The car bomb that killed at least six and injured dozens of people in southern Thailand on Thursday signifies how the war is actually escalating. With thousands of people killed over the past 12 years, the conflict has turned into a personal vendetta - between the Muslims against security forces and among religious sects.
Malaysia, as usual, views the development within the scope of our border security with Thailand. However, diplomatic engagement with Bangkok does not permit us to come into the picture, notably in providing humanitarian assistance to the Muslims there.
On September 8,
PM Najib met with his Thai counterpart Yingluck
Shinawatra, at the Asia-Pacific Economic
Cooperation (APEC) meeting held in Vladivostok, Russia. Najib
assured Yingluck that Malaysia would cooperate
fully in solving problems related to the
insurgency and said that he was satisfied with
Thailand's policies towards the restive region.
Despite these diplomatic niceties, the two
countries have a conflicted history over
Thailand's predominantly Malay Muslim southernmost
provinces. In the 1960s and 1970s, for instance,
Malaysia was complicit in providing assistance to
separatist groups fighting against Thai rule.
While we deny any involvement with the separatist groups, it goes by tradition that the borders between Thailand and Perlis, Perak, Kedah and Kelantan share a lot of common when it comes to people-to-people relations.
It is a sensitive issue.
separatist insurgency began to resurface in 2001,
Thai authorities hoped for cooperation with their
Malaysian counterparts to track down separatist
figures based in Malaysia, end the use of dual
nationality to tighten border security, and clamp
down on smuggled goods, particularly oil and
A bilateral border agreement
signed in 2000 that focused on combating
criminality and promoting cooperation in areas of
socioeconomic development initially signaled a
new era of bilateral cooperation, but Malaysian
assistance dwindled as the insurgency intensified.
aggravated relations further when he repeatedly
criticized Malaysia's position, including its
treatment of Malay Muslims who crossed the border
into Malaysia from Thai conflict areas as
On the day Malaysia celebrated Merdeka on Aug 31, the Muslims in southern Thailand hoisted Malaysian flags everywhere in the region - Pattani, Narathiwat, Yala and Songkhla.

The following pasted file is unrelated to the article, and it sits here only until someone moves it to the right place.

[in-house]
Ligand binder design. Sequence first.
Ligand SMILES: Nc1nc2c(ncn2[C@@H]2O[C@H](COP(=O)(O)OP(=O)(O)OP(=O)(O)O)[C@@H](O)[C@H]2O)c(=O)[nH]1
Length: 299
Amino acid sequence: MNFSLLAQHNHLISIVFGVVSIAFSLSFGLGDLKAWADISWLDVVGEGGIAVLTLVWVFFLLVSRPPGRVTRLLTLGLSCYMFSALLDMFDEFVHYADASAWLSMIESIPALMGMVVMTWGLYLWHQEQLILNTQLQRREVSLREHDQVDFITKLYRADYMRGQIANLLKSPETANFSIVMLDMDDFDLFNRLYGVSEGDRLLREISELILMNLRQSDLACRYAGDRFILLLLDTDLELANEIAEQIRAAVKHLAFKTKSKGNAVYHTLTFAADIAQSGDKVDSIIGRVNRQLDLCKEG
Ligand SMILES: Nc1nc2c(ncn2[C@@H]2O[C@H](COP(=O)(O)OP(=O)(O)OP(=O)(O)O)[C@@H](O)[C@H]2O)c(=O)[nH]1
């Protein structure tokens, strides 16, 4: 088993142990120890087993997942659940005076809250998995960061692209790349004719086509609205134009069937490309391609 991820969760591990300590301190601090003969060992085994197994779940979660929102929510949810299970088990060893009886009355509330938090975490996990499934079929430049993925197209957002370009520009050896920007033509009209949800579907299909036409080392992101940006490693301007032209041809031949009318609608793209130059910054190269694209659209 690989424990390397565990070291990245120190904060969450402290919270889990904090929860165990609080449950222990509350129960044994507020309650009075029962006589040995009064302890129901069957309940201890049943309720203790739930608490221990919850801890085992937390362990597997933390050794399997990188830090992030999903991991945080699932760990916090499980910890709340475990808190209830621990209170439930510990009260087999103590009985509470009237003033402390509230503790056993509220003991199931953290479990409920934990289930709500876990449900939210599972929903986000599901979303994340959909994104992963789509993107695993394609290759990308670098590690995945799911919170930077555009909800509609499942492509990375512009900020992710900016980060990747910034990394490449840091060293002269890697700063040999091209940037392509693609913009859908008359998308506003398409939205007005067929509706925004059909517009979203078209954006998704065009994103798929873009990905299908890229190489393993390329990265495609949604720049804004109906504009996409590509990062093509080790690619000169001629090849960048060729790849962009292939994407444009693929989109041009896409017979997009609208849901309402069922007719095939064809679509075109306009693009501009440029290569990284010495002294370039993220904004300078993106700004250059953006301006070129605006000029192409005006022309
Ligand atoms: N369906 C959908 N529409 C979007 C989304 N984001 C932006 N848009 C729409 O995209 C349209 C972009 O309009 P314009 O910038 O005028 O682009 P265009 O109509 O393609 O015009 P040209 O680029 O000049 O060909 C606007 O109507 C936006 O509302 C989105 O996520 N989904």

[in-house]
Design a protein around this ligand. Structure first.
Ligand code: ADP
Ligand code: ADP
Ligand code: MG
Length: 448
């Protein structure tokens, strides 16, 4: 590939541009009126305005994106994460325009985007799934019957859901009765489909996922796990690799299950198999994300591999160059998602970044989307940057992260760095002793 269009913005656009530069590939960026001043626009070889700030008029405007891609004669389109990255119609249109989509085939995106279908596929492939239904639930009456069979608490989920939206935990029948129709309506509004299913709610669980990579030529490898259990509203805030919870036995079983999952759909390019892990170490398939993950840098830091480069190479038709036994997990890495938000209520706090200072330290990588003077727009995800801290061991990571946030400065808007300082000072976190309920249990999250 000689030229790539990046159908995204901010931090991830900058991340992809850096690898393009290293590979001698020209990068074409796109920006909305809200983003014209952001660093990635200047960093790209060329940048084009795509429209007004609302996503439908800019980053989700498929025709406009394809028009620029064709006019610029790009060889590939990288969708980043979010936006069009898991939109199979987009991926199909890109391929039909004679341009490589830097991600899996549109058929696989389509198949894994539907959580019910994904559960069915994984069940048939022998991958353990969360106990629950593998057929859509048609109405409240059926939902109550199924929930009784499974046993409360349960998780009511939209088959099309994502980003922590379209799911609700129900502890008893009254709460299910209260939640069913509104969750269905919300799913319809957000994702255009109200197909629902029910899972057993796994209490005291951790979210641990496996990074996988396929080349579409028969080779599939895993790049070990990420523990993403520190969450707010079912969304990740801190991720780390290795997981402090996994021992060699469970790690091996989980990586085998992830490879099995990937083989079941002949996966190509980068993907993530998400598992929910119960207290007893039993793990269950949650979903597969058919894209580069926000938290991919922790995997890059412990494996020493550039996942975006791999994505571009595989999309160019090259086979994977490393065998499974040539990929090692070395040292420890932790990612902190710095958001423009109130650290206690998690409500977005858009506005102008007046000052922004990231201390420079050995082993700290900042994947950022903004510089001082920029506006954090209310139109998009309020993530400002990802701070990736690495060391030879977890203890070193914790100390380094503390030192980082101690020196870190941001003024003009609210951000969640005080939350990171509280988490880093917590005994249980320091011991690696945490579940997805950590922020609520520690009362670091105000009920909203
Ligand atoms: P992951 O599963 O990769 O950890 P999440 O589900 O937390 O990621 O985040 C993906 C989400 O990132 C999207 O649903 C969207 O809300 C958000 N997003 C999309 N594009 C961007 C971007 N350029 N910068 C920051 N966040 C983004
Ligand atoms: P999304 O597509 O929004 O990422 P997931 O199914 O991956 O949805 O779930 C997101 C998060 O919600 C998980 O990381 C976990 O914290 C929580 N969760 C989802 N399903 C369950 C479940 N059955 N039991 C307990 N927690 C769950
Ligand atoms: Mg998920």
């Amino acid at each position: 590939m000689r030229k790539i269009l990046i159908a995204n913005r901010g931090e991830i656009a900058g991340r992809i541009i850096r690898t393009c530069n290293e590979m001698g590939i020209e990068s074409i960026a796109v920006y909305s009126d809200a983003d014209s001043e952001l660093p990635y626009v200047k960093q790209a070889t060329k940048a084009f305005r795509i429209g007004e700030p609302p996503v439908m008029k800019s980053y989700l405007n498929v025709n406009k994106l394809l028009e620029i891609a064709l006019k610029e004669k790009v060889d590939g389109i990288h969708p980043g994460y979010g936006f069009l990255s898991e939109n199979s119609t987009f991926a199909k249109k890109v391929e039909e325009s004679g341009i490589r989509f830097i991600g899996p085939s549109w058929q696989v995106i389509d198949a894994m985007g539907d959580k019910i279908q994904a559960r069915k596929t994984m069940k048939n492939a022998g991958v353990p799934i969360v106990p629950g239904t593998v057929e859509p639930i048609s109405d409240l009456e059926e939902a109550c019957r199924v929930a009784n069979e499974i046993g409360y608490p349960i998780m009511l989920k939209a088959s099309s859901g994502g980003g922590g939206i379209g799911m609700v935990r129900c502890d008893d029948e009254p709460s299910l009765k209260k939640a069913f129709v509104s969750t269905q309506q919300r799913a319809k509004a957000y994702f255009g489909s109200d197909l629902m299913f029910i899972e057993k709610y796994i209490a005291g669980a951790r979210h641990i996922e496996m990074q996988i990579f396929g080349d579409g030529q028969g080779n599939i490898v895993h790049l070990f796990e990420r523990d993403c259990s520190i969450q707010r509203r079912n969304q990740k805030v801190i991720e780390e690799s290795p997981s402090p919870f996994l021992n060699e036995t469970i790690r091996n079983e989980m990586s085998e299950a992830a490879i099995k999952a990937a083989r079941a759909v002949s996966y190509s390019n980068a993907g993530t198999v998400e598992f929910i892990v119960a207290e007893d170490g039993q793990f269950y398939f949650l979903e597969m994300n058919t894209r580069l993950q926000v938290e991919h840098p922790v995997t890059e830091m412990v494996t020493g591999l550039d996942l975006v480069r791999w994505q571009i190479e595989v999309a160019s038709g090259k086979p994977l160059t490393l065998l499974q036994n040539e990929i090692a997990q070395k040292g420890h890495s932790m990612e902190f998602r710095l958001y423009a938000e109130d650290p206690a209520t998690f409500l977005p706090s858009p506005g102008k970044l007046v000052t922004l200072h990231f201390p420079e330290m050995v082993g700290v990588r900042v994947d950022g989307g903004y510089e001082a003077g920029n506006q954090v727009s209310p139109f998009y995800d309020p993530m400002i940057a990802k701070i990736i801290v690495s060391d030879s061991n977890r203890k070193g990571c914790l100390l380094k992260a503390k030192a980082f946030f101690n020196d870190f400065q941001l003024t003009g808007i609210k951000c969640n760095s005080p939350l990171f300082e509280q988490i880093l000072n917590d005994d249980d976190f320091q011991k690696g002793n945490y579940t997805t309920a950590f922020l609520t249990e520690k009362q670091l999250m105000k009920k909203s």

It was perceived as a
stark reminder that Malaysia will need to play a
significant complementary role if the
unprecedented levels of violence that have
engulfed the historically restive ethnic minority
region since early 2004 are to be subdued.
While it marked the anniversary
of Malaysia's independence, it also symbolised the founding of Bersatu, a separatist umbrella
group established in 1989.
Thai officials said soon after
the incidents that insurgents were trying to spark
a conflict between Thailand and Malaysia. Other
sources with access to the movement, however,
suggested that the incidents underscored a
longstanding desire among many in the shadowy
separatist movement for Malaysia to play an
intermediary role in a negotiated peace process
with the Thai government.
However, the issue is far too delicate. Malaysia, in avoiding Thai allegation of interfering in its internal matters and distant itself from the conflict, has somehow given the Thai Muslims a 'soft permitting' to enter and stay in the country.
The Immigration Department did not 'disturb' the Thais - close to one million of them - who work, study and doing their 'tomyam' business in Malaysia. Under the 6P program, they were 'excused'.
However, both countries should continue engagement on the issue before the conflict crosses the border. While showing great concern and sympathy towards the Muslims in southern Thailand, we could at least work within the diplomatic conduct to secure a more stable and war-free zone in the region.
Developing the region within the scope of Malaysia-Thai Border Authority is still the best option to bring about progress and peace at the border. The immigration from both sides must also work on a formula to control the passing in and out by people from both sides. If we can do that with Singapore, we can also have it with Thailand.
After all, we are two separate nations!